For I can take, and Pistol's cock is up,
Nym. I am not Barbason;t you cannot conjure me. I have a humour to knock you indifferently well: If you grow foul with me, Pistol, I will scour you with my rapier, as I may, in fair terms: if you would walk off, I would prick your guts a little, in good terms, as I may; and that's the humour of it.
Pist. O braggard vile, and damned furious wight! The grave doth gape, and doting death is near; Therefore exhale.
[PISTOL and NYм draw.
Bard. Hear me, hear me what I say:-he that strikes the first stroke, I'll run him up to the hilts, as I am a soldier.
Pist. An oath of mickle might; and fury shall abate.
Nym. I will cut thy throat, one time or other, in fair terms; that is the humour of it.
Pist. Coup le gorge, that's the word ?--I thee defy again.
And from the powdering tub of infamy
* Par Dieu!
+ Breathe your last.
Enter the Boy.
Boy. Mine host Pistol, you must come to my master,-and you, hostess; he is very sick, and would to bed.--Good Bardolph,
†The name of a demon.
put thy nose between his sheets, and do the office of a warmingpan: 'faith he's very ill.
Bard. Away, you rogue.
Quick. By my troth, he'll yield the crow a pudding one of these days: the king has kill'd his heart.-Good husband, come home presently. [Exeunt Mrs. QUICKLY and BOY. Bard. Come, shall I make you two friends? We must to France together; Why, the devil, should we keep knives to cut one another's throats?
Pist. Let floods o'erswell, and fiends for food howl on!
Nym. You'll pay me the eight shillings I won of you at betting? Pist. Base is the slave that pays.
Nym. That now I will have; that's the humour of it.
Bard. By this sword, he that makes the first thrust, I'll kill him; by this sword, I will.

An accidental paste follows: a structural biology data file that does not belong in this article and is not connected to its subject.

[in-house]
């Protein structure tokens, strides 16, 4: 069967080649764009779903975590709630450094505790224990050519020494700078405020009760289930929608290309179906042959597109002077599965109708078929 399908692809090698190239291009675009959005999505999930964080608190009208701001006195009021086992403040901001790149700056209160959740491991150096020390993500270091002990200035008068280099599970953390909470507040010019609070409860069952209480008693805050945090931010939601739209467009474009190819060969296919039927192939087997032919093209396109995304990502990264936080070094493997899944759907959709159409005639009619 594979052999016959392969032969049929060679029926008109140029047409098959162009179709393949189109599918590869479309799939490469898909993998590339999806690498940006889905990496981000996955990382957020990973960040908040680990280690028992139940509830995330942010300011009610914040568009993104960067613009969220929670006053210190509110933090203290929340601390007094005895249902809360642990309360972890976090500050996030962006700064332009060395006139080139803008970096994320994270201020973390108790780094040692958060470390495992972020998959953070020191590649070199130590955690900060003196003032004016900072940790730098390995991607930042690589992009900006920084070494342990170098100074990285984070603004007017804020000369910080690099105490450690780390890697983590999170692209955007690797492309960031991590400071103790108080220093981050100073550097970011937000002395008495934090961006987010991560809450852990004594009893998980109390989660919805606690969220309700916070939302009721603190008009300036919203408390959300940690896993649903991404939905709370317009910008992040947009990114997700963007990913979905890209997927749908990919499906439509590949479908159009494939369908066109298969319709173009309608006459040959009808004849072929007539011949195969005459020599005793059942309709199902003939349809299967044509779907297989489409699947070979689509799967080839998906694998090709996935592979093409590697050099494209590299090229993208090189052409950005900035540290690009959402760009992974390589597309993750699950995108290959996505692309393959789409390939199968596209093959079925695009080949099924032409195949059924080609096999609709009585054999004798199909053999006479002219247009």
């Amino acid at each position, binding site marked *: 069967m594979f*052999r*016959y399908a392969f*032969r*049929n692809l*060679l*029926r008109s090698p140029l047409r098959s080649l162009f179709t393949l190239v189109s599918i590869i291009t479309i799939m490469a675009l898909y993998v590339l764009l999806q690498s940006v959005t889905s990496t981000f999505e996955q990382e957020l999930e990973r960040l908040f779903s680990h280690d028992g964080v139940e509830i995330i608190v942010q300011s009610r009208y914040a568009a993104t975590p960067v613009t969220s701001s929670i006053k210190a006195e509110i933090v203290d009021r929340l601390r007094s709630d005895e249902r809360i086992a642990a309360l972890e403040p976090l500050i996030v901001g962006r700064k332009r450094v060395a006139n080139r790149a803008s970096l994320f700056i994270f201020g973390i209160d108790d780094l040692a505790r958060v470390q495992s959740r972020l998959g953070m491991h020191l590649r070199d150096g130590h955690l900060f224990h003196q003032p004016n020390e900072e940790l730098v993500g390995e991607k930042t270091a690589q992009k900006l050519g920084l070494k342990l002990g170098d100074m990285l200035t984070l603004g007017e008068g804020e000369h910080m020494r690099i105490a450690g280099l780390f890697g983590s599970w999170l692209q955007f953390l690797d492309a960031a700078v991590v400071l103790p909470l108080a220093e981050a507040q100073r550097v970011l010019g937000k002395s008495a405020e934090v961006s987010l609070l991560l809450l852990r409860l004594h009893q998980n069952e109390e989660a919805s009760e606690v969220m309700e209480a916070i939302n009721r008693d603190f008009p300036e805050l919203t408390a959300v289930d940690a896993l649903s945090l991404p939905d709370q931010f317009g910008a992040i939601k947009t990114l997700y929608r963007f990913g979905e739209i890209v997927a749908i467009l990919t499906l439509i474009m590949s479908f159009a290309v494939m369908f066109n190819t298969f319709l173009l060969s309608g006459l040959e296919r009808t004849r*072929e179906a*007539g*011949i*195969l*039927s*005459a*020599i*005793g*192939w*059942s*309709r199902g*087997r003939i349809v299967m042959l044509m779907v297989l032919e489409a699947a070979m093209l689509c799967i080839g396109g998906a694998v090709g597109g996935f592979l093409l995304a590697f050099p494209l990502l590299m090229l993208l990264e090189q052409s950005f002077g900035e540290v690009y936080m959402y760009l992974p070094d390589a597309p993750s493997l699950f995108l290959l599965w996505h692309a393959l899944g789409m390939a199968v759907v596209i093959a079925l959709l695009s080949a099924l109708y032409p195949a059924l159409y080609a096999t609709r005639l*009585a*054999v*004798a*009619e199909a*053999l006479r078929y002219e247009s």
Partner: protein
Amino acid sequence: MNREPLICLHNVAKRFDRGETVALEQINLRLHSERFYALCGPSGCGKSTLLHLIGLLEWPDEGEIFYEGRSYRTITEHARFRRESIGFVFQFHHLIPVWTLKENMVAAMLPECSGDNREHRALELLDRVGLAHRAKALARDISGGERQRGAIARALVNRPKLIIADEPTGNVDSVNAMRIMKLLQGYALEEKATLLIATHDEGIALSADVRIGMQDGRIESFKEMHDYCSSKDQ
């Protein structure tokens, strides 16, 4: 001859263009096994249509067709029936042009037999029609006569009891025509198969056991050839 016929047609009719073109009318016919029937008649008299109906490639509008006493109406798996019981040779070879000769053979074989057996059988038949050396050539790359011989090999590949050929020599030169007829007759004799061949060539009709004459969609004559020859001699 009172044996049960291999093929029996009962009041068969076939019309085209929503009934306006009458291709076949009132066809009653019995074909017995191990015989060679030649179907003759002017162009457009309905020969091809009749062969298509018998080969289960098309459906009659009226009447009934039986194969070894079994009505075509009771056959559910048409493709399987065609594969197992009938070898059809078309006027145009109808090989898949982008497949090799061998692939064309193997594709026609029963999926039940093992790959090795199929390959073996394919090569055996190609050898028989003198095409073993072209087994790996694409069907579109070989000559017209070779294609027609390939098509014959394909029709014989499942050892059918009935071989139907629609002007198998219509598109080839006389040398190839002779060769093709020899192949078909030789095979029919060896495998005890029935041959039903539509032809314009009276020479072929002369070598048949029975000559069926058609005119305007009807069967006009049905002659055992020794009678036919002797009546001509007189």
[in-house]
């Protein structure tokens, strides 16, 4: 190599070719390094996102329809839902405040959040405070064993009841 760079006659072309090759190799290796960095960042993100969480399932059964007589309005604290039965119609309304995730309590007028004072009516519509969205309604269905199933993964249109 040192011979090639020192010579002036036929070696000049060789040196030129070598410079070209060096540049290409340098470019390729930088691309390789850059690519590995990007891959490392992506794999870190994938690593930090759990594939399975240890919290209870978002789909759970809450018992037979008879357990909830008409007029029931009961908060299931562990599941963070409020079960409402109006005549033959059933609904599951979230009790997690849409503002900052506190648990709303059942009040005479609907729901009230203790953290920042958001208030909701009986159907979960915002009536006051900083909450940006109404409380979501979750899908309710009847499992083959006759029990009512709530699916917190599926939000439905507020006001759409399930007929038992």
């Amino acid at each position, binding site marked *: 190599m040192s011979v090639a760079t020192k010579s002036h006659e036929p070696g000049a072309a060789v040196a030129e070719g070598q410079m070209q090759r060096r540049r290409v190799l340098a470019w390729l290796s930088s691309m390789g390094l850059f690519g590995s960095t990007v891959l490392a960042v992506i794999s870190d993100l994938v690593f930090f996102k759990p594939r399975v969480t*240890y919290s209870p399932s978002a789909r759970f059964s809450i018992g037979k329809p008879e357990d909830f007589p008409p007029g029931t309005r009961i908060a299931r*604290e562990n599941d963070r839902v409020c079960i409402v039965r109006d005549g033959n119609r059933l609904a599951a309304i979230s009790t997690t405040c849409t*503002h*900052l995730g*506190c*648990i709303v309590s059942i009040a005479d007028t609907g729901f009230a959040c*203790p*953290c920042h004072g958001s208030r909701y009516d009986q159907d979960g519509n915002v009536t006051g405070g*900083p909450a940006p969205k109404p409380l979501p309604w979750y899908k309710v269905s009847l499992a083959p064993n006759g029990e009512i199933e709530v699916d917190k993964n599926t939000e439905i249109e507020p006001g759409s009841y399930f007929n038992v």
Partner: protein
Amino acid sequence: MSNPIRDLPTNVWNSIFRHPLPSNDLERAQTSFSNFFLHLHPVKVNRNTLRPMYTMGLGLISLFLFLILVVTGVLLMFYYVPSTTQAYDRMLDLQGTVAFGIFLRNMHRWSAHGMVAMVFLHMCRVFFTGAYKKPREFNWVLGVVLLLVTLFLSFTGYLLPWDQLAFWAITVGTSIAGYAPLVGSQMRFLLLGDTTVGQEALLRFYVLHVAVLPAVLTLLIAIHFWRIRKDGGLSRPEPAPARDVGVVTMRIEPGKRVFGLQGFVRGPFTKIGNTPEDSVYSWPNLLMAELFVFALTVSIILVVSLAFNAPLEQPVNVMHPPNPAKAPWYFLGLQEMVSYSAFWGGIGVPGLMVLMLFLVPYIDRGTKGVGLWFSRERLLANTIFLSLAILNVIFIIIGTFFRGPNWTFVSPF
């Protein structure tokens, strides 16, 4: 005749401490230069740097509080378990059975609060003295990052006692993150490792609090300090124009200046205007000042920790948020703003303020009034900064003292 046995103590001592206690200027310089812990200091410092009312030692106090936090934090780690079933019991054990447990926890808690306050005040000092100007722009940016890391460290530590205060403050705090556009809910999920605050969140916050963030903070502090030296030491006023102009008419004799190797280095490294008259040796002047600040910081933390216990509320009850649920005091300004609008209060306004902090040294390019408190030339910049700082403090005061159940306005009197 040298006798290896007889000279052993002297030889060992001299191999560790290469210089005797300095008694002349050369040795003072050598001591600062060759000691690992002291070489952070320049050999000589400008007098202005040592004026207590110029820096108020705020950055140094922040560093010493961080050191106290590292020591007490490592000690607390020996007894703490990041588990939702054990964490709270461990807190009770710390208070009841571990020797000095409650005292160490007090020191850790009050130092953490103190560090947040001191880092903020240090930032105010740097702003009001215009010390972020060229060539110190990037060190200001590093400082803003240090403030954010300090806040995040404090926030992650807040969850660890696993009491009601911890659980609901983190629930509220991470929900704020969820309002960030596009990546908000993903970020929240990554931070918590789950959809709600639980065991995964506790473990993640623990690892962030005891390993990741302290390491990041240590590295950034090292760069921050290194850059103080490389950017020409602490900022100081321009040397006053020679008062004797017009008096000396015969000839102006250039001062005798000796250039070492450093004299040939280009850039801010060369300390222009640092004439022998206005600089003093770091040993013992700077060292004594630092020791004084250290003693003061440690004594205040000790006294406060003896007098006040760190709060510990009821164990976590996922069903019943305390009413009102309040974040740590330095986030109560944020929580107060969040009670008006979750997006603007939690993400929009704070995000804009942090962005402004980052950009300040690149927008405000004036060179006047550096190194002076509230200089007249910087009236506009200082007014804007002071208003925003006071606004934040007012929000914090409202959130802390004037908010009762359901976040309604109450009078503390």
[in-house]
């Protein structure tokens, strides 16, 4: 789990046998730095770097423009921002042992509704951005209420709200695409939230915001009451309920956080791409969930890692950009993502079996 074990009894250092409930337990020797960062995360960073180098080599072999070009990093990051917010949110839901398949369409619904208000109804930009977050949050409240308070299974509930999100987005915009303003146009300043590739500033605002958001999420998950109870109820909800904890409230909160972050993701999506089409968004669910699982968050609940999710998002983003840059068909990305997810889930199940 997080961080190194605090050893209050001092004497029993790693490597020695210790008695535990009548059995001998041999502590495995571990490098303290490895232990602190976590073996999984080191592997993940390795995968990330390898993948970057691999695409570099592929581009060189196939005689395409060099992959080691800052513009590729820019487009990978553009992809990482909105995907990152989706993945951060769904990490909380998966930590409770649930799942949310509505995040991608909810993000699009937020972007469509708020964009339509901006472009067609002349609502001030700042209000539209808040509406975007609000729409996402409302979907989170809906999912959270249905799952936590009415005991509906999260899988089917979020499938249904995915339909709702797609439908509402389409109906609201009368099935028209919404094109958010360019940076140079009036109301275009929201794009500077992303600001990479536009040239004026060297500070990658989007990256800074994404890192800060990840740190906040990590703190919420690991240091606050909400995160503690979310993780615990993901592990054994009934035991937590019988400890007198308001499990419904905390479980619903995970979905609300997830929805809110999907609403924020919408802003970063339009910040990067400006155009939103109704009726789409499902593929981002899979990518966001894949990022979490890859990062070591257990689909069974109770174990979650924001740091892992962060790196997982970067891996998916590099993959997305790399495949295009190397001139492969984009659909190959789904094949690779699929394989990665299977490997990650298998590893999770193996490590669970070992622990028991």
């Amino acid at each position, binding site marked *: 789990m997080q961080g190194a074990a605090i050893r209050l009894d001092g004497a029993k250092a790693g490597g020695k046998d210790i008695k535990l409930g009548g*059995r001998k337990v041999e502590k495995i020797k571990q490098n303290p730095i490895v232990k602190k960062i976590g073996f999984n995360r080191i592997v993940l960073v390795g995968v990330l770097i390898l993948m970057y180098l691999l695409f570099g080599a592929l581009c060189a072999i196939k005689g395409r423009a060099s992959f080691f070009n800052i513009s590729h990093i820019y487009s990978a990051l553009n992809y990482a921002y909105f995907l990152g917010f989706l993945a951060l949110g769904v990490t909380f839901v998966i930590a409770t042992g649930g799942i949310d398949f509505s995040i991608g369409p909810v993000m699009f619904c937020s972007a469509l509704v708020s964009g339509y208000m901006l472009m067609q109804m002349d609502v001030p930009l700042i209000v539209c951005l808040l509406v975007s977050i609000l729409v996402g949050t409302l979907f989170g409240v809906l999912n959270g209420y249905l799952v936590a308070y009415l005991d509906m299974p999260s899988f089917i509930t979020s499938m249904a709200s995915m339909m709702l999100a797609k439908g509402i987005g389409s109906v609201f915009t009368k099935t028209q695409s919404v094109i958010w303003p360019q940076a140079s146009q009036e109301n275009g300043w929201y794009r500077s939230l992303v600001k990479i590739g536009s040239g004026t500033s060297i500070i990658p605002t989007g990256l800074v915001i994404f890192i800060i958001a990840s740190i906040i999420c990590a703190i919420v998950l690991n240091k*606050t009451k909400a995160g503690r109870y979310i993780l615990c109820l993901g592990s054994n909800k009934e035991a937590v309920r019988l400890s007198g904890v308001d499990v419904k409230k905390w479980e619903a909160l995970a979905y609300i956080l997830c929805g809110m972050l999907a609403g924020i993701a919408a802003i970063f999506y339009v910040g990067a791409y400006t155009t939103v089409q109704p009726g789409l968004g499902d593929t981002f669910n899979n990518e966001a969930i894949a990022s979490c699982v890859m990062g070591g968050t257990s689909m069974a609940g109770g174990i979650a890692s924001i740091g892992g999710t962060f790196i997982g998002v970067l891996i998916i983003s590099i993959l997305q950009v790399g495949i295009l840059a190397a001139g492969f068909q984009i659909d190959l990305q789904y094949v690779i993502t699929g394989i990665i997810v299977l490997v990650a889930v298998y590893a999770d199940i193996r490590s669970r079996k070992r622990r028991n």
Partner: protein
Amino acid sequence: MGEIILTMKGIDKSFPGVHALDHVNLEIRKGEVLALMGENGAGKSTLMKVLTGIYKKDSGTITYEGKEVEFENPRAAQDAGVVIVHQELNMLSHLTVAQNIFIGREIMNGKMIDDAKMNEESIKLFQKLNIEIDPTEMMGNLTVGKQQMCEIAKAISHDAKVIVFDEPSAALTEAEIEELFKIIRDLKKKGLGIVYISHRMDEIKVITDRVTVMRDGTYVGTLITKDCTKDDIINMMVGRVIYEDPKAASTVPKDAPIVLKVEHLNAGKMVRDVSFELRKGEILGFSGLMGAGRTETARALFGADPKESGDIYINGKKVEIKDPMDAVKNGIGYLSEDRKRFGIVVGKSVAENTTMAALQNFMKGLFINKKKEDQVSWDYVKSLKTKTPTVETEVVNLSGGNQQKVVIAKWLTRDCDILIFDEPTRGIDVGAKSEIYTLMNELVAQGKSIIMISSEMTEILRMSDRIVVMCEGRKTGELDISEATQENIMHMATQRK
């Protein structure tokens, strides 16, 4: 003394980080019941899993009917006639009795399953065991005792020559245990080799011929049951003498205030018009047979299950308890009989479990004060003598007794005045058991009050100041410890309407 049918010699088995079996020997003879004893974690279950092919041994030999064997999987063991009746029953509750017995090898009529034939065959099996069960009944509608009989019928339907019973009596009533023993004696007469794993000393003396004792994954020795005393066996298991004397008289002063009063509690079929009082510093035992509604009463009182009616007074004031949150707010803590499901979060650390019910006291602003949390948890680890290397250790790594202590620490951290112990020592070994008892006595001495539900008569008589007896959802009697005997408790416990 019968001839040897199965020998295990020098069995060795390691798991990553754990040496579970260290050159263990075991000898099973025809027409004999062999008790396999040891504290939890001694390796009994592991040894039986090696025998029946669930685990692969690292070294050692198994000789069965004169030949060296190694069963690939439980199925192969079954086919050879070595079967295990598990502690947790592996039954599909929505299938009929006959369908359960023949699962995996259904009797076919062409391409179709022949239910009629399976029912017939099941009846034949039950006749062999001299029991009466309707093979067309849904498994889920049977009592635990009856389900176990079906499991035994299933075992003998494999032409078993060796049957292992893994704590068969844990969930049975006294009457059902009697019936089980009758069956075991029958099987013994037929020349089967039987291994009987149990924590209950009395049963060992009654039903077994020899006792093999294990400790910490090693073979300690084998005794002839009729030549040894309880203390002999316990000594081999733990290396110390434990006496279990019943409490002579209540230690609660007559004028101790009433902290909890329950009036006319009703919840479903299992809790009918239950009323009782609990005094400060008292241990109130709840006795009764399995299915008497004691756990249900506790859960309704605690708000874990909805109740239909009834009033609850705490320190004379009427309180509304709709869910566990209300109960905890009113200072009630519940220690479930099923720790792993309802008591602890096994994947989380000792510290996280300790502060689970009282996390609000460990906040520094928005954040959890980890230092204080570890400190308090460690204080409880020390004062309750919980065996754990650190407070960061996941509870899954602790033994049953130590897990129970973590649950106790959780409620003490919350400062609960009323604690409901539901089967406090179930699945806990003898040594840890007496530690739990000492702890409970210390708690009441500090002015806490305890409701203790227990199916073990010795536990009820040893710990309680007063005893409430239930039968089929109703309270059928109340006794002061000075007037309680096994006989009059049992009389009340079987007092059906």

Pist. Sword is an oath, and oaths must have their course. Bard. Corporal Nym, and thou wilt be friends, be friends: an thou wilt not, why then be enemies with me too. Pr'ythee, put
Nym. I shall have my eight shillings, I won of you at betting. Pist. A noble shalt thou have, and present pay; And liquor likewise will I give to thee, And friendship shall combine, and brotherhood: I'll live by Nym, and Nym shall live by me ;Is not this just ?-for I shall sutler be Unto the camp, and profits will accrue. Give me thy hand.
Nym. I shall have my noble?
Nym. Well then, that's the humour of it.
Re-enter Mrs. QUICKLY.
Quick. As ever you came of women, come in quickly to Sir John: Ah, poor heart! he is so shaked of a burning quotidian tertian, that it is most lamentable to behold. Sweet men, come to him.
Nym. The king hath run bad humours on the knight, that's the even of it.
Pist. Nym, thou hast spoke the right;
His heart is fracted and corroborate.
Nym. The king is a good king: but it must be as it may; he passes some humours, and careers.
Pist. Let us condole the knight; for, lambkins, we will live.
SCENE II.-Southampton. A council-chamber.
Enter EXETER, BEDFORD, and WESTMORELAND. Bed. 'Fore God, his grace is bold, to trust these traitors. Exe. They shall be apprehended by-and-by.
* A coin, in value six shillings and eight pence.